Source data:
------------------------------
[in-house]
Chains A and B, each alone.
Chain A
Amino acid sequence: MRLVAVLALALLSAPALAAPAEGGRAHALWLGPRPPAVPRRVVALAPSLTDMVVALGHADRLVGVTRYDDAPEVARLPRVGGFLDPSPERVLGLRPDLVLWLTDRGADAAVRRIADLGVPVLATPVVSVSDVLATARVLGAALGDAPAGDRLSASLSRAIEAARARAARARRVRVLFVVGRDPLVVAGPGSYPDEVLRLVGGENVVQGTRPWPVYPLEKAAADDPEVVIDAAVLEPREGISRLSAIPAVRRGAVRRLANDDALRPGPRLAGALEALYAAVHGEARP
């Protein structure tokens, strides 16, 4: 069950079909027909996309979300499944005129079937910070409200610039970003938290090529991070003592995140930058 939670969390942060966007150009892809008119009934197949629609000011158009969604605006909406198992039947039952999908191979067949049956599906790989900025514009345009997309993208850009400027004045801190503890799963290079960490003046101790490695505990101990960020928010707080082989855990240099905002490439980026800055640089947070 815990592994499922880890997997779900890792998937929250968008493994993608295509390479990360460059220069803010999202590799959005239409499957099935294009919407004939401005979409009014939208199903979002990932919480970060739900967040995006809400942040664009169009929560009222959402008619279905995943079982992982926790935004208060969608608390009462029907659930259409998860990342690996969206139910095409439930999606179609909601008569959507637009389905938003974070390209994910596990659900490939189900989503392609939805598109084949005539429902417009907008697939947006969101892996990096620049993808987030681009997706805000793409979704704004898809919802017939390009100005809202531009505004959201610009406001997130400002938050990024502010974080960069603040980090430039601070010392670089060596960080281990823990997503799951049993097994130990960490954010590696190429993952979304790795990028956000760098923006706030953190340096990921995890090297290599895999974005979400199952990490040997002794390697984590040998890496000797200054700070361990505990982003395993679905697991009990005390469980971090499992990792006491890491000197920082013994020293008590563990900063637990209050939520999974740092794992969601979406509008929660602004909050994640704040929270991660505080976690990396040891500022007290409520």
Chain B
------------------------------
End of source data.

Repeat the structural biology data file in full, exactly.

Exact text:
[in-house]
Chains A and B, each alone.
Chain A
Amino acid sequence: MRLVAVLALALLSAPALAAPAEGGRAHALWLGPRPPAVPRRVVALAPSLTDMVVALGHADRLVGVTRYDDAPEVARLPRVGGFLDPSPERVLGLRPDLVLWLTDRGADAAVRRIADLGVPVLATPVVSVSDVLATARVLGAALGDAPAGDRLSASLSRAIEAARARAARARRVRVLFVVGRDPLVVAGPGSYPDEVLRLVGGENVVQGTRPWPVYPLEKAAADDPEVVIDAAVLEPREGISRLSAIPAVRRGAVRRLANDDALRPGPRLAGALEALYAAVHGEARP
């Protein structure tokens, strides 16, 4: 069950079909027909996309979300499944005129079937910070409200610039970003938290090529991070003592995140930058 939670969390942060966007150009892809008119009934197949629609000011158009969604605006909406198992039947039952999908191979067949049956599906790989900025514009345009997309993208850009400027004045801190503890799963290079960490003046101790490695505990101990960020928010707080082989855990240099905002490439980026800055640089947070 815990592994499922880890997997779900890792998937929250968008493994993608295509390479990360460059220069803010999202590799959005239409499957099935294009919407004939401005979409009014939208199903979002990932919480970060739900967040995006809400942040664009169009929560009222959402008619279905995943079982992982926790935004208060969608608390009462029907659930259409998860990342690996969206139910095409439930999606179609909601008569959507637009389905938003974070390209994910596990659900490939189900989503392609939805598109084949005539429902417009907008697939947006969101892996990096620049993808987030681009997706805000793409979704704004898809919802017939390009100005809202531009505004959201610009406001997130400002938050990024502010974080960069603040980090430039601070010392670089060596960080281990823990997503799951049993097994130990960490954010590696190429993952979304790795990028956000760098923006706030953190340096990921995890090297290599895999974005979400199952990490040997002794390697984590040998890496000797200054700070361990505990982003395993679905697991009990005390469980971090499992990792006491890491000197920082013994020293008590563990900063637990209050939520999974740092794992969601979406509008929660602004909050994640704040929270991660505080976690990396040891500022007290409520």
Chain B